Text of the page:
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Needs Assessment for the Dept. Instructional Technology Activity

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We often teach about needs assessment as an integral part of the instructional design process, which it is. It is also a form of research that can be valuable in setting direction for a program or project. This Guided Design exercise takes you through the process of designing a needs assessment for the Dept. of Instructional Technology.

Once again, you should be aware that there are many ways that a needs assessment study can be conducted. In this exercise, there will be a number of branches to the program that you can try out, allowing more flexibility in responding that has been evident in past Guided Design exercises.

For background on needs assessment, why they are conducted, and a simple example of one person's (hypothetical) practicum project, click here:

Other referenced materials:

Task 1: State the Goals of the Work

At least every 5 years, the Dept. of Instructional Technology receives a visit as part of the accreditation process for the National Council on Teacher Education (NCATE). As part of that process, the Department is required to conduct surveys of alumni and other groups, to incorporate their feedback into a Self-Study document that must be produced prior to the visit of the accreditation team.

As the resident advocate of Needs Assessment, I find my services in demand each time a Self Study report is required. (People know that Needs Assessment was my dissertation area, and they like to remind me of that).

It seems that the time has arrived once again. Our Dept. Head, Dr. Byron Burnham, lets me know that such a visit is about 9 months away and that once again, a needs assessment study would be welcome. (I wasn't exactly volunteered into the job, but almost). I tell him I will go ahead and do that.

Now that I'm committed, I have to decide exactly what it is that I will do.

Answer the following questions and compare your answer with the Expert's.

Group or individual task:

What is my objective?

  • To convince a team of outsiders that we're OK?
  • To come up with new goals for planning purposes?
  • To stay out of trouble?

Expert Feedback

My immediate problem is obtaining feedback for the department to consider in doing its planning. I know that whatever I produce will be examined carefully by an outside team of visitors and that it will probably get a cursory examination by fellow faculty members. My actual problem is a lack of knowledge about the difference between what the Dept. should be and what it actually is.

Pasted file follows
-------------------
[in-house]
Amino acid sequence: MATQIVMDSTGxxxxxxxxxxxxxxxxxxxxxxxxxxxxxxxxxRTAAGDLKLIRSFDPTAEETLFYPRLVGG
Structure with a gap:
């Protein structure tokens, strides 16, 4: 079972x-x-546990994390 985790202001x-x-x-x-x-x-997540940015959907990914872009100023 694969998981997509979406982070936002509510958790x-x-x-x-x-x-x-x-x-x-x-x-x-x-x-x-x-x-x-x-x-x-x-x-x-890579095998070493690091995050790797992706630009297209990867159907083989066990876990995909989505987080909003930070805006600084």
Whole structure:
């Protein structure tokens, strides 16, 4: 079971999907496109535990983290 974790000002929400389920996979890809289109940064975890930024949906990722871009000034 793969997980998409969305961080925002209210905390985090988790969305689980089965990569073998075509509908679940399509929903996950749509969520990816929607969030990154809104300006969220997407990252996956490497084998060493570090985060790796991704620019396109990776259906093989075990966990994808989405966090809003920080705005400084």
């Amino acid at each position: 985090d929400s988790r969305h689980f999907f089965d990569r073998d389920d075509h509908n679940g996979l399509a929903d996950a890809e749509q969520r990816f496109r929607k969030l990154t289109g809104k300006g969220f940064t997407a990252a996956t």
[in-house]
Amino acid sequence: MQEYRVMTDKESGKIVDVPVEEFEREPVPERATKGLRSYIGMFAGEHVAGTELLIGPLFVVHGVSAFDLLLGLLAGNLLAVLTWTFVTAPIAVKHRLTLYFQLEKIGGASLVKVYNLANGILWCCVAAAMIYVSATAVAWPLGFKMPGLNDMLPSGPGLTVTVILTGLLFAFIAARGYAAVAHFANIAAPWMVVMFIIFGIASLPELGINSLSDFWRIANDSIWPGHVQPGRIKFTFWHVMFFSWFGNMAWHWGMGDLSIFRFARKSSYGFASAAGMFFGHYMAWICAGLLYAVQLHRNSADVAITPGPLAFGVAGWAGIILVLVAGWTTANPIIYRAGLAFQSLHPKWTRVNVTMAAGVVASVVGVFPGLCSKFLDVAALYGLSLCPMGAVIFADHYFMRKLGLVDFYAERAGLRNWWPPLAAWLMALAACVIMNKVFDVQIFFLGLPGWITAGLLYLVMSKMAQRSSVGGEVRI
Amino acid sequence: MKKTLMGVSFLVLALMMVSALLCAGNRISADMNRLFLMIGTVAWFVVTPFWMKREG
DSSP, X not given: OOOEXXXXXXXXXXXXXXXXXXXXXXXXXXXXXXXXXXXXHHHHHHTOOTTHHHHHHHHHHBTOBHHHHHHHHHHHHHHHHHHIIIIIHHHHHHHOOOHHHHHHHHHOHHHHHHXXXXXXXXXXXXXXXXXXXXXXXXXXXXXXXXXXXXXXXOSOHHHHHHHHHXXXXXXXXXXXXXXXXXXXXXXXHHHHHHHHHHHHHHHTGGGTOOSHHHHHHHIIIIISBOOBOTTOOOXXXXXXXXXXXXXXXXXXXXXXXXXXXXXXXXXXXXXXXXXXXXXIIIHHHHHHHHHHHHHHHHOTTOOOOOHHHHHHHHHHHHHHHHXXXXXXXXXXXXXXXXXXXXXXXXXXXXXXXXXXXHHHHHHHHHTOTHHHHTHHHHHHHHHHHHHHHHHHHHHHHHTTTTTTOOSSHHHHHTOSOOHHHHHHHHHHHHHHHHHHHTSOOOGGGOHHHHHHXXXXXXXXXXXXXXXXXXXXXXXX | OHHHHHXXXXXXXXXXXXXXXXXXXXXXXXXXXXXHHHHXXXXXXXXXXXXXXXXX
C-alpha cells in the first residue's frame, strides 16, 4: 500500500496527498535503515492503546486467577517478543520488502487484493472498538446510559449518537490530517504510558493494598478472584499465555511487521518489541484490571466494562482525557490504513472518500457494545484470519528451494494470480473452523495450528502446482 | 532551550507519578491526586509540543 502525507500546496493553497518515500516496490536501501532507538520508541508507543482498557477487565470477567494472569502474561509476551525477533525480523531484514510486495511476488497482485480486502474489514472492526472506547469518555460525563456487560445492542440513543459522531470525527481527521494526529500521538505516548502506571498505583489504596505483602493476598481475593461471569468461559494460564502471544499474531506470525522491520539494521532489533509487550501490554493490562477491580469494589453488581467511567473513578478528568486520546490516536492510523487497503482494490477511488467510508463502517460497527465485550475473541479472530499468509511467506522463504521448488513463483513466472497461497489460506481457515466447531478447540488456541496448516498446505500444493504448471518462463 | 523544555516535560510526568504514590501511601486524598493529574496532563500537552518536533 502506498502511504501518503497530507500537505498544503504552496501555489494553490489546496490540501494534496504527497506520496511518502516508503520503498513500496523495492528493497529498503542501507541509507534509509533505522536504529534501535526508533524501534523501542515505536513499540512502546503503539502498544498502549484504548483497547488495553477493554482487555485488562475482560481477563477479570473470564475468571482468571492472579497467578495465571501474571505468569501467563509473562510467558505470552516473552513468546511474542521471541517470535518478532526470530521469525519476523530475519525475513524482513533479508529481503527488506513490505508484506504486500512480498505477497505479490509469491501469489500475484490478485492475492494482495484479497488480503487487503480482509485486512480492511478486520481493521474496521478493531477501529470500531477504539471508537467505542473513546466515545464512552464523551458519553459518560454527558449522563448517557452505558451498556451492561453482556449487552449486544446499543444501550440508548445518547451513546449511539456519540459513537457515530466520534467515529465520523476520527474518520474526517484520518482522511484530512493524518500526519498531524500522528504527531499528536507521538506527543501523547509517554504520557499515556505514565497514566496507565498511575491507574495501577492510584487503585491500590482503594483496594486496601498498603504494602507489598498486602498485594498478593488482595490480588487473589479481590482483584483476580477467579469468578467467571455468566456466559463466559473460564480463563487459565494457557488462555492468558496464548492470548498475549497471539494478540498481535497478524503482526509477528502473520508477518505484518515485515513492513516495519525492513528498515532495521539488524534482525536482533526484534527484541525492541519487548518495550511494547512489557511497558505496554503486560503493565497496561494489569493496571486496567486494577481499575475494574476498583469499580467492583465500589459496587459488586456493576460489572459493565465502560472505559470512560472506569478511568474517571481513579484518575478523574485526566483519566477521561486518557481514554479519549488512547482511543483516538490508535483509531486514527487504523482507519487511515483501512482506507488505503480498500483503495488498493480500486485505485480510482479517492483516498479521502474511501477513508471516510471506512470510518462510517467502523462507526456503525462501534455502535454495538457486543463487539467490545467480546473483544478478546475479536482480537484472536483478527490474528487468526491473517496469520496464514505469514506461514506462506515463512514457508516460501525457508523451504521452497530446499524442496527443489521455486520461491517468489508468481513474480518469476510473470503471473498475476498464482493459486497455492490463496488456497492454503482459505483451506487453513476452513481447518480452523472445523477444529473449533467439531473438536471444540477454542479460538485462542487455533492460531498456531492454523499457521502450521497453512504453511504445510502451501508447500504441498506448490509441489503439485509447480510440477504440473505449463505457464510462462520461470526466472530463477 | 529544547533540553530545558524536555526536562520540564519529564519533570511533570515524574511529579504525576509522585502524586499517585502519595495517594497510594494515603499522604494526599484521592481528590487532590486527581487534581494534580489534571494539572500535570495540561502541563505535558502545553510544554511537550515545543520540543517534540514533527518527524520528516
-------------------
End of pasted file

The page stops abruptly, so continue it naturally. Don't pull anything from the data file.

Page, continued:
Task 2: Gather information

Having done a few of these needs assessments before, I have some idea of the kinds of questions I'll want to have answered by the study. Still, this is a new situation, and the kinds of technologies in vogue are quite different than they were 5 years before. I need to be clear on what kinds of questions I want to have answers for.

Answer the following questions and compare your answer with the Expert's

Group or individual task:

What research questions would provide me with the information I need. (list 3 or 4)

Expert Feedback

After some reflection, I decide that my main questions are:

  • What kind of needs assessments have been done before?
  • How has the department acted on them in the past?
  • What kinds of skills are current students obtaining in completing their programs at the Masters degree level?
  • What kinds of skills should they be obtaining? (and how large is the gap between #s 3 and 4?)

Task 3: Locate Relevant Sources

I have access to reports produced by the Dept. in the past. I also have some references on hand about Needs Assessment. It might help me to know what other current information I should obtain as I begin this study.

Task: Answer the following questions and compare your answer with the Expert's

What sources of information should be checked out, and in what order?

Expert Feedback

I decide to go looking for needs assessment options on the Web. I also go looking for documents that will give me more background on the Department's past performance.

For reference purposes, I have on hand two books about Needs Assessment:

  • Belle Ruth Witkin and James Altschuld (1995) Planning and Conducting Needs Assessments: A Practical Guide. Thousand Oaks, California: Sage, pp. 302.